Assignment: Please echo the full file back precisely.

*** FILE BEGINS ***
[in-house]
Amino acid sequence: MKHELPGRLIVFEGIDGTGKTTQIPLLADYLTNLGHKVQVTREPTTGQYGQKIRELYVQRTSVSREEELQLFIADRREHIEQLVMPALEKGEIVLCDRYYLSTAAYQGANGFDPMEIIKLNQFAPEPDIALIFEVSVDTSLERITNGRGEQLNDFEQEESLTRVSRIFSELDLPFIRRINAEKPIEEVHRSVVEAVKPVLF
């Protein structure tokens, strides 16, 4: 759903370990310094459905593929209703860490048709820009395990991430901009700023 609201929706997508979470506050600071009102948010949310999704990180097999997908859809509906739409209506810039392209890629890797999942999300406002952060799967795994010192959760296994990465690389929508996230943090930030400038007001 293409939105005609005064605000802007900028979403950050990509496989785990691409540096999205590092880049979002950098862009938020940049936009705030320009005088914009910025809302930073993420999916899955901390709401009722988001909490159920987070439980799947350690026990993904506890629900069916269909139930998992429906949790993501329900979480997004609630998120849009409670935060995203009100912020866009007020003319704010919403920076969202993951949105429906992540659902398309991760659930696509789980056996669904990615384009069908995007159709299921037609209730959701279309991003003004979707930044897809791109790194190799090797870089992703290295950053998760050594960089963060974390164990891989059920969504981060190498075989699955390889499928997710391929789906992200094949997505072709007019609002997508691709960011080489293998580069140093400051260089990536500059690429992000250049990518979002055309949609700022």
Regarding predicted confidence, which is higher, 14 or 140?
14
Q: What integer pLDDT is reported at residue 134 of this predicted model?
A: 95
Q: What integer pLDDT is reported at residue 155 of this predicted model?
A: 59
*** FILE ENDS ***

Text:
[in-house]
Amino acid sequence: MKHELPGRLIVFEGIDGTGKTTQIPLLADYLTNLGHKVQVTREPTTGQYGQKIRELYVQRTSVSREEELQLFIADRREHIEQLVMPALEKGEIVLCDRYYLSTAAYQGANGFDPMEIIKLNQFAPEPDIALIFEVSVDTSLERITNGRGEQLNDFEQEESLTRVSRIFSELDLPFIRRINAEKPIEEVHRSVVEAVKPVLF
């Protein structure tokens, strides 16, 4: 759903370990310094459905593929209703860490048709820009395990991430901009700023 609201929706997508979470506050600071009102948010949310999704990180097999997908859809509906739409209506810039392209890629890797999942999300406002952060799967795994010192959760296994990465690389929508996230943090930030400038007001 293409939105005609005064605000802007900028979403950050990509496989785990691409540096999205590092880049979002950098862009938020940049936009705030320009005088914009910025809302930073993420999916899955901390709401009722988001909490159920987070439980799947350690026990993904506890629900069916269909139930998992429906949790993501329900979480997004609630998120849009409670935060995203009100912020866009007020003319704010919403920076969202993951949105429906992540659902398309991760659930696509789980056996669904990615384009069908995007159709299921037609209730959701279309991003003004979707930044897809791109790194190799090797870089992703290295950053998760050594960089963060974390164990891989059920969504981060190498075989699955390889499928997710391929789906992200094949997505072709007019609002997508691709960011080489293998580069140093400051260089990536500059690429992000250049990518979002055309949609700022």
Regarding predicted confidence, which is higher, 14 or 140?
14
Q: What integer pLDDT is reported at residue 134 of this predicted model?
A: 95
Q: What integer pLDDT is reported at residue 155 of this predicted model?
A: 59